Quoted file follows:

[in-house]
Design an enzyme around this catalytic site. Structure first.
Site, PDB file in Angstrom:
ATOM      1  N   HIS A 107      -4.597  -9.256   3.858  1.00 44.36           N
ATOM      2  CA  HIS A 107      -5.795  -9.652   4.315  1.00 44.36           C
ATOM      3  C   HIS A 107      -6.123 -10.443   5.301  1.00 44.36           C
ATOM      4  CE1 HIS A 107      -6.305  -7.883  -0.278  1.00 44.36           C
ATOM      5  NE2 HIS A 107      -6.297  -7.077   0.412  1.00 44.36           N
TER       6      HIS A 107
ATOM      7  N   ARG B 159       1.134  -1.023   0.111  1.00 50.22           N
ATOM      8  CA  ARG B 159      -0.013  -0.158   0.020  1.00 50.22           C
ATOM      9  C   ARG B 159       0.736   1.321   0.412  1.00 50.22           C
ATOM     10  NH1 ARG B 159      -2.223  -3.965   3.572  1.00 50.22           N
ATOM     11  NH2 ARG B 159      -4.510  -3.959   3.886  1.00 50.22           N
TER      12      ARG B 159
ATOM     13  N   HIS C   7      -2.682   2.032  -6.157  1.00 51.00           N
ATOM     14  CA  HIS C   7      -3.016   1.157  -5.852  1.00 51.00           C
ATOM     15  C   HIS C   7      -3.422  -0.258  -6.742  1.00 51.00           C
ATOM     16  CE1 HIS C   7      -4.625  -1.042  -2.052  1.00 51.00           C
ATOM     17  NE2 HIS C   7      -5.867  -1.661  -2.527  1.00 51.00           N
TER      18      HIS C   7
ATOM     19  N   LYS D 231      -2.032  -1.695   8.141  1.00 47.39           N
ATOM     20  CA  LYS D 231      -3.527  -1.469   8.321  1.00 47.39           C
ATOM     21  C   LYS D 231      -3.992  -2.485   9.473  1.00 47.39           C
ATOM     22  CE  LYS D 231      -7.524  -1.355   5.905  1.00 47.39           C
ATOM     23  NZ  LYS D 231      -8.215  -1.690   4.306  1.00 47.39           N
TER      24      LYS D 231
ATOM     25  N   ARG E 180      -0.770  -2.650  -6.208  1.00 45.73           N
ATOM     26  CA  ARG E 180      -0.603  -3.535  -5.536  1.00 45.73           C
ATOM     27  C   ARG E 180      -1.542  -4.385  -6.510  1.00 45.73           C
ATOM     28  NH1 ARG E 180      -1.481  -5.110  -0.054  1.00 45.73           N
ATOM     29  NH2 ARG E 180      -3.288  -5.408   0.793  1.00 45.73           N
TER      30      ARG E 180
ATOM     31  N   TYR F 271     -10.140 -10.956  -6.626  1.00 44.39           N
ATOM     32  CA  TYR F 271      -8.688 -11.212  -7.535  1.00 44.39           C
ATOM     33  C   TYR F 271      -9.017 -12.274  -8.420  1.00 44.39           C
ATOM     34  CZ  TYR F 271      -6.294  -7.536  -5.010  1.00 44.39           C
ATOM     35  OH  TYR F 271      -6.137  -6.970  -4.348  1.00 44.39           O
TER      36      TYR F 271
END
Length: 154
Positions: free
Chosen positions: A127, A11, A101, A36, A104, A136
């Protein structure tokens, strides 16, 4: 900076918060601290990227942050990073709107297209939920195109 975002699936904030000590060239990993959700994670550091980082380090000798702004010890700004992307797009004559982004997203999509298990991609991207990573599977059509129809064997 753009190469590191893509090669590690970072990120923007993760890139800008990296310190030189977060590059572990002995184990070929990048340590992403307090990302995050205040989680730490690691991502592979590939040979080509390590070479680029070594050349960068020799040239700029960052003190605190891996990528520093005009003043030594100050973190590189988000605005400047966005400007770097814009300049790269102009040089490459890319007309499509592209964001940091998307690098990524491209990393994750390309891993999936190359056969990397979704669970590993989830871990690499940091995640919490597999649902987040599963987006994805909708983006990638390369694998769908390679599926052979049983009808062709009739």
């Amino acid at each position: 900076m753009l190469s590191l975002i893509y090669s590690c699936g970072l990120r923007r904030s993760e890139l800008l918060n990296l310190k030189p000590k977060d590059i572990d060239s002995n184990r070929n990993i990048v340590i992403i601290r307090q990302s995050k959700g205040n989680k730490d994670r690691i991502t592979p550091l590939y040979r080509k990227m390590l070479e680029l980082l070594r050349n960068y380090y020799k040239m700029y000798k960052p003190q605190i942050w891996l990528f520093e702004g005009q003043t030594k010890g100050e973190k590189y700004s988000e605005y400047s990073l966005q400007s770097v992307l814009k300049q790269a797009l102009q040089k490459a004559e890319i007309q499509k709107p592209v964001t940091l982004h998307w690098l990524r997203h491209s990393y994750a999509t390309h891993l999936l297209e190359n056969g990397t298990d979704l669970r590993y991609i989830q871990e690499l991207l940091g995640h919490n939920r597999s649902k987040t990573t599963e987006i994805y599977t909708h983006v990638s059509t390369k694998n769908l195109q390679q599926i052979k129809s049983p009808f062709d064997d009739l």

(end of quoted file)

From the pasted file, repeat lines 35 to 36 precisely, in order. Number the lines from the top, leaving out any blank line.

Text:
ATOM     32  CA  TYR F 271      -8.688 -11.212  -7.535  1.00 44.39           C
ATOM     33  C   TYR F 271      -9.017 -12.274  -8.420  1.00 44.39           C